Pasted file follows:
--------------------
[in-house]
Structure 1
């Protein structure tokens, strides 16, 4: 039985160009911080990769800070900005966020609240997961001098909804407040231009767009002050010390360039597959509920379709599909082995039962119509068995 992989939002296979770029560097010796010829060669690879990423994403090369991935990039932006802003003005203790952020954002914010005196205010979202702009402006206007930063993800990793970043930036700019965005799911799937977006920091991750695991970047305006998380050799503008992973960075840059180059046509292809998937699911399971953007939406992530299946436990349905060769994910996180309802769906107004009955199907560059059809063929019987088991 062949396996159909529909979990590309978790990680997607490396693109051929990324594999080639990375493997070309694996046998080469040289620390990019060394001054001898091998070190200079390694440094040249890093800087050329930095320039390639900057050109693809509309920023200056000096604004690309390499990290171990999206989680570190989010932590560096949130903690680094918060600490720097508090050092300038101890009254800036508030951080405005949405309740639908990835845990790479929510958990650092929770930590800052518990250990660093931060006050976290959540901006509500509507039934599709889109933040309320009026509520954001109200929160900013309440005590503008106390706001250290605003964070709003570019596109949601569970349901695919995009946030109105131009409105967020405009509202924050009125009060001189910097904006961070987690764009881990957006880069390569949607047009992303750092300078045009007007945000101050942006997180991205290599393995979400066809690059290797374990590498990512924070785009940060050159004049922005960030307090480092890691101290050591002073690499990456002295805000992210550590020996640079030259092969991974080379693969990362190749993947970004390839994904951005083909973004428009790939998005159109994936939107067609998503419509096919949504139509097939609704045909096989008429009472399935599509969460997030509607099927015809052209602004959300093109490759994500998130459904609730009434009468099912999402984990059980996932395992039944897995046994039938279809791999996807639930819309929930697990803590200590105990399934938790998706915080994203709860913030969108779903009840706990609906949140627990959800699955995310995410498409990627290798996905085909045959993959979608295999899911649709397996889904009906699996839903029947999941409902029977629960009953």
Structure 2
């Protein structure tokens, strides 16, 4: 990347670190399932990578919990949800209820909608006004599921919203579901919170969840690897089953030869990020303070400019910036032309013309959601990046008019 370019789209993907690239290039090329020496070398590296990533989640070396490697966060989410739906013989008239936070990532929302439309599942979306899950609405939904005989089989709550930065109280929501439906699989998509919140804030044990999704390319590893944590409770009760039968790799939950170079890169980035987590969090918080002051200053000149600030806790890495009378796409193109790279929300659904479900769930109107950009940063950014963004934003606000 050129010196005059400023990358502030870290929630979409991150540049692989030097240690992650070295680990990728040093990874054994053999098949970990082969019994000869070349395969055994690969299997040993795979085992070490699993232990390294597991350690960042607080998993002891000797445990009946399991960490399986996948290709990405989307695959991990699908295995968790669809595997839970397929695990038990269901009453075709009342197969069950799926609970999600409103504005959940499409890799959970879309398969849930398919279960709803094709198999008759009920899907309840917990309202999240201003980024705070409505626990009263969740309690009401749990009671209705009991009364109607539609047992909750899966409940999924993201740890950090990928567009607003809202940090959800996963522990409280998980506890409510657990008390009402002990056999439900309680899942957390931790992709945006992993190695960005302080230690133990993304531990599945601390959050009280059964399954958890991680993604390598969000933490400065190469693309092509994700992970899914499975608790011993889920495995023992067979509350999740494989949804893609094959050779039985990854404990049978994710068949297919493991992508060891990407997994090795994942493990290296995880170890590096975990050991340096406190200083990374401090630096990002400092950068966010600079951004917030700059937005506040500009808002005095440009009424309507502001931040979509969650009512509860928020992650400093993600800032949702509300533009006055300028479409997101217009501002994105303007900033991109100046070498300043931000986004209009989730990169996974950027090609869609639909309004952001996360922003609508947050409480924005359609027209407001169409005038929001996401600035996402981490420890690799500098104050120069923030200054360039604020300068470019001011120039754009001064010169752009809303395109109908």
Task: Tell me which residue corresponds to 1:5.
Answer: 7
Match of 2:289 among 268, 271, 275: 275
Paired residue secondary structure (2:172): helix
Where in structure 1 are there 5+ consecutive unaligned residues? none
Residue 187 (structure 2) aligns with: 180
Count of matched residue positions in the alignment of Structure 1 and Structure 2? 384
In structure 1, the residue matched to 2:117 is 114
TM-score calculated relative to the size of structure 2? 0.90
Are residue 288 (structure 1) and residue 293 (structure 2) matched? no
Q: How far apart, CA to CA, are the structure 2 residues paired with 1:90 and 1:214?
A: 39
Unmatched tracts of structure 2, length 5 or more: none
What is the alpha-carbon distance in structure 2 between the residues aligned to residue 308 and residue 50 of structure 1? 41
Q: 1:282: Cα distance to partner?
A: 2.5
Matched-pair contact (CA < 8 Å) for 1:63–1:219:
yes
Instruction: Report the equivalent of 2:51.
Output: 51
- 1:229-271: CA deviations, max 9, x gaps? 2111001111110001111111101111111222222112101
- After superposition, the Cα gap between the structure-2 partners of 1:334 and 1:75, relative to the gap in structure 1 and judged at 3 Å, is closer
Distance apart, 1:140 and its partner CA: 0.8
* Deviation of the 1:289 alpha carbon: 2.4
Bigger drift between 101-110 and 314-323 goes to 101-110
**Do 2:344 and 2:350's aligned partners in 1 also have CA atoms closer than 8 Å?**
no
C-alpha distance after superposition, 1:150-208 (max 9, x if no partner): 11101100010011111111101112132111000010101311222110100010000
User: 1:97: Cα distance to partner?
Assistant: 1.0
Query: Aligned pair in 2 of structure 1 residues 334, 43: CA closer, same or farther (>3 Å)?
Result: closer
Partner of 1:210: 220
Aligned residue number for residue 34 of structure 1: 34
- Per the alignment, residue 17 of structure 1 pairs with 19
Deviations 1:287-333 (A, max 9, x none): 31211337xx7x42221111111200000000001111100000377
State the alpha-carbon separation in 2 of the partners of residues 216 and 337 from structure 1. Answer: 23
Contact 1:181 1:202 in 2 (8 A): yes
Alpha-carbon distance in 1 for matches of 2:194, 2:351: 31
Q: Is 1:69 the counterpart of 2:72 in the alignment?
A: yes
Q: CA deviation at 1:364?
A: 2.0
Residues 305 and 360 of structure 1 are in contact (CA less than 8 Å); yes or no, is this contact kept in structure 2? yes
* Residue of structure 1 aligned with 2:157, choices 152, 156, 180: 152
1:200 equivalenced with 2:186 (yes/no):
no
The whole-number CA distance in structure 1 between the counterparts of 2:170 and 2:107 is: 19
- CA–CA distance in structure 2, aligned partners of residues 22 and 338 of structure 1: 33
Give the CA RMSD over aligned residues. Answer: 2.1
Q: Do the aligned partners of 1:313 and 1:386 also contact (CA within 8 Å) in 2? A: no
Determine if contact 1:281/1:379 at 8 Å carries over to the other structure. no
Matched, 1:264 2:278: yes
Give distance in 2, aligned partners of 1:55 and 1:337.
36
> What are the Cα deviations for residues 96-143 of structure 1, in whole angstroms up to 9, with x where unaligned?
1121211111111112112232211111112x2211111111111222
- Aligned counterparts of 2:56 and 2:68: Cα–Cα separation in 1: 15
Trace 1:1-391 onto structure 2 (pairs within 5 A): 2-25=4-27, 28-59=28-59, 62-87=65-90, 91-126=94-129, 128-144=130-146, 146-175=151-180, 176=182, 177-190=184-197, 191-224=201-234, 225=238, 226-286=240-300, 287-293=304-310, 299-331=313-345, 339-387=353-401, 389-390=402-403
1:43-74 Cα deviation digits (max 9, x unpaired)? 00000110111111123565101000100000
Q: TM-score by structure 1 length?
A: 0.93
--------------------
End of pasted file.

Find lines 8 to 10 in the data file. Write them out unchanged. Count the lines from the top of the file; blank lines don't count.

Match of 2:289 among 268, 271, 275: 275
Paired residue secondary structure (2:172): helix
Where in structure 1 are there 5+ consecutive unaligned residues? none